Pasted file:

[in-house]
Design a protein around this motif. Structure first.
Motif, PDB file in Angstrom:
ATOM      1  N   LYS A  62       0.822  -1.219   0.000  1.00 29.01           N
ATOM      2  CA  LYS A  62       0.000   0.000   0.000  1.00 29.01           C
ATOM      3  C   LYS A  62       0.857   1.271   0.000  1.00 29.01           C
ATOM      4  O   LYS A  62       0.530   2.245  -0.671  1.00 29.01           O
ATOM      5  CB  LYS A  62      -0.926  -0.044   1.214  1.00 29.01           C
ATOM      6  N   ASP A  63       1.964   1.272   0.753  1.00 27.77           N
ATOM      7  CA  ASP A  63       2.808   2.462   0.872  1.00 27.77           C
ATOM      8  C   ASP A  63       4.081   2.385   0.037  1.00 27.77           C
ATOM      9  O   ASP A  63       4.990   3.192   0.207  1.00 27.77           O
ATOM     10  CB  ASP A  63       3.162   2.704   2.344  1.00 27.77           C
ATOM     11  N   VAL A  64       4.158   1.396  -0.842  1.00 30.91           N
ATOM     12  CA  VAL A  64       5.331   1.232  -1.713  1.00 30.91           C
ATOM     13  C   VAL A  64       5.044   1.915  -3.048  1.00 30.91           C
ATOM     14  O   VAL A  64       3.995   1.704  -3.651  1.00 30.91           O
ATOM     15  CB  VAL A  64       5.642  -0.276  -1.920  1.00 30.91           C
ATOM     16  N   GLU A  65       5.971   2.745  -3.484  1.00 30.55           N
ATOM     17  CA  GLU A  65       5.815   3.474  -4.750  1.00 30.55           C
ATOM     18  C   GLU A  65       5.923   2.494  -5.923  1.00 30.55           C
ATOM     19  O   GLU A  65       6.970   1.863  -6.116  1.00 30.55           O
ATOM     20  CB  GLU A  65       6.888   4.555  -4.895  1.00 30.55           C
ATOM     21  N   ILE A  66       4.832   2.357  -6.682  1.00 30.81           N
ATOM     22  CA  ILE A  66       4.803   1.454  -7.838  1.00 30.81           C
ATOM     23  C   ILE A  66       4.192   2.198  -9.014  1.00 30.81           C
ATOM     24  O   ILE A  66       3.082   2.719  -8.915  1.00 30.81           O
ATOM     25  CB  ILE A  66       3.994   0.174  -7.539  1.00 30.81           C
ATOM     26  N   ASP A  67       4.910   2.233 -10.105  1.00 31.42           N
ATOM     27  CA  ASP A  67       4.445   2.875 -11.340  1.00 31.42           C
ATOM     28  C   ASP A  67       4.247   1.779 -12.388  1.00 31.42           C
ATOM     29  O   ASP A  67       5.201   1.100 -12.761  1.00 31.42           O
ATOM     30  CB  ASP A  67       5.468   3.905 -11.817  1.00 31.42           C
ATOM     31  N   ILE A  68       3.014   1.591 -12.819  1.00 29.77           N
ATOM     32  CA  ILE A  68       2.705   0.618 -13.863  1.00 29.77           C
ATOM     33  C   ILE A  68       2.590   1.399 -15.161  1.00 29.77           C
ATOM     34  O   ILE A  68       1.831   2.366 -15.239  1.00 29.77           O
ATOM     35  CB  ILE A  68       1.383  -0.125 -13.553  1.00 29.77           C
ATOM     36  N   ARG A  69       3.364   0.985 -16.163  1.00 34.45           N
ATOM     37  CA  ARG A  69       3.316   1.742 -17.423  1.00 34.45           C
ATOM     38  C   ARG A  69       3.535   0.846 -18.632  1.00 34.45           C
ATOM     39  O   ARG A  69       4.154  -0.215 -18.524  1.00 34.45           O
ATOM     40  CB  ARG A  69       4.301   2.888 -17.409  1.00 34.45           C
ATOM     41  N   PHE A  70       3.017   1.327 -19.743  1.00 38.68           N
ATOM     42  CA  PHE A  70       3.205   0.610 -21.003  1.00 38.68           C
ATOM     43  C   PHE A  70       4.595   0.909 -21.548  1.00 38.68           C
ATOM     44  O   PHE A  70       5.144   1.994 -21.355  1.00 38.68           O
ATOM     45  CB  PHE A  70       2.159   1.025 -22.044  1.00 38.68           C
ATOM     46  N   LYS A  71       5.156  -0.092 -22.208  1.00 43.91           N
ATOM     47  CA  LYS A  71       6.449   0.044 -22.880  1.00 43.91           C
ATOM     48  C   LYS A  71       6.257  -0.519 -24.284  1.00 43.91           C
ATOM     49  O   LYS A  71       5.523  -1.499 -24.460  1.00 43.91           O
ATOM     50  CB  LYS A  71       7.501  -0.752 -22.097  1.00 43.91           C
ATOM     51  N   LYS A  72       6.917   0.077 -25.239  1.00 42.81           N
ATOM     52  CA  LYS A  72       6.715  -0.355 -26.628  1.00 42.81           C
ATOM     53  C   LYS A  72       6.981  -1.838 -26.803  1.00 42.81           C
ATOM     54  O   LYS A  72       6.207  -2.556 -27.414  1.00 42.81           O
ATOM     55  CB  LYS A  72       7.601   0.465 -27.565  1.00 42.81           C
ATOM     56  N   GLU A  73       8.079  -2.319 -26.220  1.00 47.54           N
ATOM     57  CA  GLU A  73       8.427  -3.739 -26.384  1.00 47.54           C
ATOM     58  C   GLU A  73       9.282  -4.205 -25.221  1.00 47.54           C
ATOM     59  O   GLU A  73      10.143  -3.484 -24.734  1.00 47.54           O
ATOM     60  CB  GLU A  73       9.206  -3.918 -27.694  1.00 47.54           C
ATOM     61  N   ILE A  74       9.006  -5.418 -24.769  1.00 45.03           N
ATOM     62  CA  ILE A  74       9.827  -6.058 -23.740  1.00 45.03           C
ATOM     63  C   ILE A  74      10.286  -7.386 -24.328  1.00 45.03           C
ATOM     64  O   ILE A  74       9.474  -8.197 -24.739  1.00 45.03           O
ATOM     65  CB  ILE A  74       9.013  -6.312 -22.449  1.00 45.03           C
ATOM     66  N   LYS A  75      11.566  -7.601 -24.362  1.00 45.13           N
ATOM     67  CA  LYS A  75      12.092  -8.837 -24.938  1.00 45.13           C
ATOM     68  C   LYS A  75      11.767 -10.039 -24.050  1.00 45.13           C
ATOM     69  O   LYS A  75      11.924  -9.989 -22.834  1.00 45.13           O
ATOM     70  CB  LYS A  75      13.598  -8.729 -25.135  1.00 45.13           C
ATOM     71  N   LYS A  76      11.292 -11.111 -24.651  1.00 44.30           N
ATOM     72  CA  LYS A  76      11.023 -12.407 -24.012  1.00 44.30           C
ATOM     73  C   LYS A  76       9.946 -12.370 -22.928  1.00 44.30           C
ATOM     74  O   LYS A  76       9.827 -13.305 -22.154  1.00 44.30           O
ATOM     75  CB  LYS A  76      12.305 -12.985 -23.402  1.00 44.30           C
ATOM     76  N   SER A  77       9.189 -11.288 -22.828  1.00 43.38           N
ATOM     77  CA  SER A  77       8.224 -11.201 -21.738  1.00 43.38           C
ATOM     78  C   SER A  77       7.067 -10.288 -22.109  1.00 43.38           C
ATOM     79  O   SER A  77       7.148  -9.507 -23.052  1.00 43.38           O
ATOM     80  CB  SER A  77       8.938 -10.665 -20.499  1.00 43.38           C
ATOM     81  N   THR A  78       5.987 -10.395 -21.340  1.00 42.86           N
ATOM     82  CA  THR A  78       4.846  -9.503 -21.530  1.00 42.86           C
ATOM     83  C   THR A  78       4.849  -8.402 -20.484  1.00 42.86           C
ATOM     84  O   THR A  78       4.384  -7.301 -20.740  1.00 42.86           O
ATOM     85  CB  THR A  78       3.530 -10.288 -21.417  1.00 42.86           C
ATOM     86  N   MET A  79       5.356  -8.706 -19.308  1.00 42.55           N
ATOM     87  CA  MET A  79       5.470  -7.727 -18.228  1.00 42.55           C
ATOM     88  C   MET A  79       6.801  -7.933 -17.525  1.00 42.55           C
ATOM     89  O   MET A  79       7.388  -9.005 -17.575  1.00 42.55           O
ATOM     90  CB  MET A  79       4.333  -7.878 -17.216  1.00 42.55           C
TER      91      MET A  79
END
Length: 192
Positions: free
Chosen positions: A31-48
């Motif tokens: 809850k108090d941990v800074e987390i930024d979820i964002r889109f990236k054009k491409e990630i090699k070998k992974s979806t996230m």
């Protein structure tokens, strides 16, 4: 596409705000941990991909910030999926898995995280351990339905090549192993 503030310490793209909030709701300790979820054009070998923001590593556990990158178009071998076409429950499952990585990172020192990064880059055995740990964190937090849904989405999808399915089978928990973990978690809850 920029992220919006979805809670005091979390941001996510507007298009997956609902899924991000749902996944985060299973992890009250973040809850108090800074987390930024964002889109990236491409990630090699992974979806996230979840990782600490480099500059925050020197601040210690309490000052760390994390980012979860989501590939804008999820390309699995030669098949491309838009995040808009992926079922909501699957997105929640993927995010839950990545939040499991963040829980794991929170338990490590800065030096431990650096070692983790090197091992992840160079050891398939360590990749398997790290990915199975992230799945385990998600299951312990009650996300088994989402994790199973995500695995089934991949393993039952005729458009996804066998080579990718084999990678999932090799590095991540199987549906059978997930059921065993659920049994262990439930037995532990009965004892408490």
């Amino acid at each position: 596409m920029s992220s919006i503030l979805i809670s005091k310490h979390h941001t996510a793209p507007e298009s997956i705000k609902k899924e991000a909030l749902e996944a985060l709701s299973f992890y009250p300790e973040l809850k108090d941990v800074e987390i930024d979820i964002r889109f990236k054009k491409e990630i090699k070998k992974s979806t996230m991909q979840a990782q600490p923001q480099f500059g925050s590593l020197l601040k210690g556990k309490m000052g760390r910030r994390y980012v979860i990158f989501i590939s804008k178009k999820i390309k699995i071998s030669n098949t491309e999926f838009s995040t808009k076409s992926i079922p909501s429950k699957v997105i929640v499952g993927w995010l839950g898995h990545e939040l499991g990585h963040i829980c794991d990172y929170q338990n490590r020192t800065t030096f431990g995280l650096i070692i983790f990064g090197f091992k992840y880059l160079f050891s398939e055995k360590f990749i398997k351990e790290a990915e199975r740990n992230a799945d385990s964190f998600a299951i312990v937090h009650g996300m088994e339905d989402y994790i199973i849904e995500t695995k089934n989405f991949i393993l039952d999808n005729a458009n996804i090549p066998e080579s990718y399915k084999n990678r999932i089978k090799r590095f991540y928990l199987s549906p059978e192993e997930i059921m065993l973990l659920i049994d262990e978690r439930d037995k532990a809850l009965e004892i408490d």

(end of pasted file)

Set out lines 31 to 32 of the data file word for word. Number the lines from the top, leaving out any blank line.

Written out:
ATOM     28  C   ASP A  67       4.247   1.779 -12.388  1.00 31.42           C
ATOM     29  O   ASP A  67       5.201   1.100 -12.761  1.00 31.42           O